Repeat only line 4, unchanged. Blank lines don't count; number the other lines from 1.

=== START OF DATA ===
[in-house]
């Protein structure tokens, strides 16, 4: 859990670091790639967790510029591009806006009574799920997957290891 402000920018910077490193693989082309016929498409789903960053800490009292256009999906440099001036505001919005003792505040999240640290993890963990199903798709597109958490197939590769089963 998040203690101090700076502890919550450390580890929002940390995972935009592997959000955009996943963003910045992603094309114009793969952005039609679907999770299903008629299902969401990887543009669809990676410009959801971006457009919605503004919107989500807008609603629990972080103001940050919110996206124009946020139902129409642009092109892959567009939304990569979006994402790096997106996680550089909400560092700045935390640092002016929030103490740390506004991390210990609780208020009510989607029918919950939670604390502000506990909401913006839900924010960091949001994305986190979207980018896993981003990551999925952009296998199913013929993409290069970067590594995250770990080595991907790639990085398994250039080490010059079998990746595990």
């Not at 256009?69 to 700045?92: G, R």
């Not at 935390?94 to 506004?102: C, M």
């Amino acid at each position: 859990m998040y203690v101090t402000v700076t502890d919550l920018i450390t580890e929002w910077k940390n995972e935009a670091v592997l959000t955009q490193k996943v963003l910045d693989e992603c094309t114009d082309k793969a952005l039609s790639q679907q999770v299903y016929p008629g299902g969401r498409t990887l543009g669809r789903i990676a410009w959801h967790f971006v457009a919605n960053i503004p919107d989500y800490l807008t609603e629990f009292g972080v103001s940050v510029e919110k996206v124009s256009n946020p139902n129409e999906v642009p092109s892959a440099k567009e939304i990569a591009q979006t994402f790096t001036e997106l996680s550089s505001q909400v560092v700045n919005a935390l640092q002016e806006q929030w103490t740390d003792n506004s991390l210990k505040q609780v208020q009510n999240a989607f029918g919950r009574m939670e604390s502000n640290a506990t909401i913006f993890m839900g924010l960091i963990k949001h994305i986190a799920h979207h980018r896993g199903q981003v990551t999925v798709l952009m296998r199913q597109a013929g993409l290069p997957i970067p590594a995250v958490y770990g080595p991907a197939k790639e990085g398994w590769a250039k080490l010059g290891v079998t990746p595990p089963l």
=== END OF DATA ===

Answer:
């Not at 935390?94 to 506004?102: C, M």